Mega Power Star Ram Charan believes that the constantly growing global market for Indian cinema is contributing to not just a great deal of business and improving the production value of movies in every region of the country but is also helping Indian talent to cross over.
In an interview to IANS, the actor said: “If I only look at our south Indian community, people have settled abroad in Gulf countries, the US and other places for a generation. So, our films are getting released there. Now that the world has become a global village, the constantly growing global market of Indian cinema is not only giving us great business but also pushing us to improve production value of our films. Such exposure to the global market is not only taking our film business to the next level but our actors are also getting the opportunity to do more collaborative work with global makers. See, what happened to ‘Baahubali’, and now Dhanush is doing a crossover (international) film.”
Ram Charan’s own Telugu film Rangasthalam has managed to mint Rs 200 crore and beyond at the box office. “It is great to receive such numbers at the box office for a regional film because it is a sign that people are still interested to take out some time to go to the theatre and watch a film if the content is good. Having said that, I think all of our responsibility is not to get carried away by the achieved success… and rather start afresh. We tend to go by formula or repeat if we get success in one film. That is not how we can grow as storytellers. So I would rather try new things and experiment and attempt to make it work commercially as well,” he said.
Its out today folks!!! Had an amazing time shooting for #Rangasthalam.. It will definitely meet and surpass your expectations.. See you all in a few hours.. #Rangasthalam #Chittibabu
What worked for Rangasthalam, a period drama set against a village backdrop in the 1980s?
“Look, we are exposed to the global cinema. So when we are talking about what works and does not work for the audience, one has to understand it is the honesty. Gone are the days when we can put elements in a film in the name of commercialisation. Your audience will tell you on the face that such things are fake, and such things do not go with the core story. As creative people, the growth of such intelligent audience challenges us to improve our work with each film we do,” added the actor, who is known for some of the commercial Telugu potboilers like Chirutha, Naayak, Govindudu Andarivadele and Dhruva and has broken his image with Rangasthalam.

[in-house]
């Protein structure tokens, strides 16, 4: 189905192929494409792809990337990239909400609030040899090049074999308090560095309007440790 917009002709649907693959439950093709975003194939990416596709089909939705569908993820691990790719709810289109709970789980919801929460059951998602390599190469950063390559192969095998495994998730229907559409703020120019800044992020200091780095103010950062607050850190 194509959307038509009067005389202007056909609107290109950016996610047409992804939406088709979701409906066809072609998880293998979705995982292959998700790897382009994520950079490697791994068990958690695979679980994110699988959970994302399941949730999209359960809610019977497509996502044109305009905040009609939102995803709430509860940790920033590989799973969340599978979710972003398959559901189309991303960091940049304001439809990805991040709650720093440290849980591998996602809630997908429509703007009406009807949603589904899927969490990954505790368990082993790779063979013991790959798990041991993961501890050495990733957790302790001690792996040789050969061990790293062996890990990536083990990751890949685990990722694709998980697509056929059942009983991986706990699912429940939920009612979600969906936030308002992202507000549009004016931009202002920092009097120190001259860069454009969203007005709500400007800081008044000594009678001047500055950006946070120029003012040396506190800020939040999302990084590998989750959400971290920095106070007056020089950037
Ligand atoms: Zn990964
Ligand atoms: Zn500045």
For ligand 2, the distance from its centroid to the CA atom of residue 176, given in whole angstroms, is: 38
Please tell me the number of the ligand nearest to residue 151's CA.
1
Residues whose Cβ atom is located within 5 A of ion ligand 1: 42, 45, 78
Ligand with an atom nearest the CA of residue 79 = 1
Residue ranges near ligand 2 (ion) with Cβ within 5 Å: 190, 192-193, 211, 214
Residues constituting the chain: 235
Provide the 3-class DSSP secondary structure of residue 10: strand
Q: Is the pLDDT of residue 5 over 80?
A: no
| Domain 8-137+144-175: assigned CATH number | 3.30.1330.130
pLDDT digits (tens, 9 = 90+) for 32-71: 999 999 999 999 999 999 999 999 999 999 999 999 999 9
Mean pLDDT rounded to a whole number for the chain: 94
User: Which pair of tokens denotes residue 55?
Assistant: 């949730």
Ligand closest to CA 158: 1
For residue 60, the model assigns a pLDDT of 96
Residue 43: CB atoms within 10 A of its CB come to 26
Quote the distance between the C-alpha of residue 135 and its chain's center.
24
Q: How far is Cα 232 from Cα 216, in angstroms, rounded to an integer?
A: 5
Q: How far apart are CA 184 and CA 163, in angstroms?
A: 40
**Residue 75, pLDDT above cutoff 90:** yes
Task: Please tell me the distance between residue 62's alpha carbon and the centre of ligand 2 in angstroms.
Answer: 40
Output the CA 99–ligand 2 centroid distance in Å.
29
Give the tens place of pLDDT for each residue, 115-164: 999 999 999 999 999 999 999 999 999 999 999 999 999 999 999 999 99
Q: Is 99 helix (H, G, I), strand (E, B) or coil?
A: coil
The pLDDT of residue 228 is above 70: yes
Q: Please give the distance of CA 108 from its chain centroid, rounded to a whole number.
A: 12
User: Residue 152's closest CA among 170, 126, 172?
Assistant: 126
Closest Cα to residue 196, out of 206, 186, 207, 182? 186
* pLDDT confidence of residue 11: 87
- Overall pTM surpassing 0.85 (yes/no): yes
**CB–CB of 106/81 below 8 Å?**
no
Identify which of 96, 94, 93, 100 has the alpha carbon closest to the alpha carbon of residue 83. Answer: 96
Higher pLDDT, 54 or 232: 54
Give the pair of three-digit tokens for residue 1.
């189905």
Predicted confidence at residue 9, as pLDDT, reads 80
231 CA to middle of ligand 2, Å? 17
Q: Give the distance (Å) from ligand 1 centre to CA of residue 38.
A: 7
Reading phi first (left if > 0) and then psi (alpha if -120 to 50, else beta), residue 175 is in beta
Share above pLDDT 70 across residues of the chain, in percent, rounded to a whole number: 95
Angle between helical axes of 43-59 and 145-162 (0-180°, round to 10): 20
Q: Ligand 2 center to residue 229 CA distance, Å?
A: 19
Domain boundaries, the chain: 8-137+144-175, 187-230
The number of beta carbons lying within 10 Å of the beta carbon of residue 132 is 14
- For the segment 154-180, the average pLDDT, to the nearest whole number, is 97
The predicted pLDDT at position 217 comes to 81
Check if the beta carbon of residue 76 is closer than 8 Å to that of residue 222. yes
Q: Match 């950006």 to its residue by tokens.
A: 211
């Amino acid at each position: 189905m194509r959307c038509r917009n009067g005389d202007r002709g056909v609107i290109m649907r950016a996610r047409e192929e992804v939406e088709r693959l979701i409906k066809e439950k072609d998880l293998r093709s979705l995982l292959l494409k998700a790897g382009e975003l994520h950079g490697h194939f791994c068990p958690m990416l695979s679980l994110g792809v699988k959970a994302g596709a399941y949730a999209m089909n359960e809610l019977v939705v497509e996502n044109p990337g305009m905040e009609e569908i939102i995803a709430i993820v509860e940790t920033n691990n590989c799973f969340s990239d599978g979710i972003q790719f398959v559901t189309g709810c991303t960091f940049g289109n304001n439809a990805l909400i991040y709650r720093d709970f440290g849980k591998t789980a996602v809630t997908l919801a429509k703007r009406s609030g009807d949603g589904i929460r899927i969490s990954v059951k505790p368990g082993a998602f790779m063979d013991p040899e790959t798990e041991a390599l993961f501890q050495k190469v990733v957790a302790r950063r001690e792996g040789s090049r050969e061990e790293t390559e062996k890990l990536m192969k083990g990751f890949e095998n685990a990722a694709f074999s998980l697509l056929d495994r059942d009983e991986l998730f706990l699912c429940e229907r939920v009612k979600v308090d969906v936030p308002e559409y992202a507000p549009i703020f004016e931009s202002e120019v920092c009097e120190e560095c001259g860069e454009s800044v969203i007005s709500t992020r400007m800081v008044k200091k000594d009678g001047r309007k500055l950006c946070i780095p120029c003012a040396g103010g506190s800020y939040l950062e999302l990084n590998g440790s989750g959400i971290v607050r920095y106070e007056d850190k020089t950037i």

Many experimental films find critical acclaim but don’t fetch enough numbers at the box office. Asked if striking the balance is really tough, Ram said: “There is nothing called a bad story. But sometimes, bad screenplay or the treatment of the film. I strongly believe that film is a director’s medium and what we watch on-screen is a director’s vision. All the artistes, whether an actor, cinematographer, editor – anyone, follow a director’s vision. If the vision is wise, it translates on-screen. Look at how Rajkumar Hirani and Aamir Khan work as an actor and producer who is in sync with director… and our Rajamouli (S.S. Rajamouli) sir is managing every time,” added the actor who worked with the Baahubali director in Magadheera.
As the son of Telugu superstar Chiranjeevi, the world of cinema was never alien to Ram. Fame, success, the business of cinema and art of storytelling were a part of their dinner table conversation.
Admitting that he was born with the natural talent of a showman something he inherited genetically Ram spoke of a different side of the nepotism story.
“Since people have watched my dad, I cannot blindly follow him. Then I would look like a copy cat. I would rather establish my style as an individual. I have a responsibility to prove myself. No two people are born with the same calibre and can achieve the same stardom. But if one comes from a film family like mine, this is what the audience and critics expect… So we are always scrutinised from our very first film. Do people talk about our internal struggle?” asked the 33-year-old.
Does he wear that responsibility as an honour or burden?
“No no, not burden. It is certainly an honour to get some great opportunities from the beginning of our life. But we cannot deny the responsibility to live up to the expectations because of the family I come from. I have to maintain my father’s goodwill,” he signed off.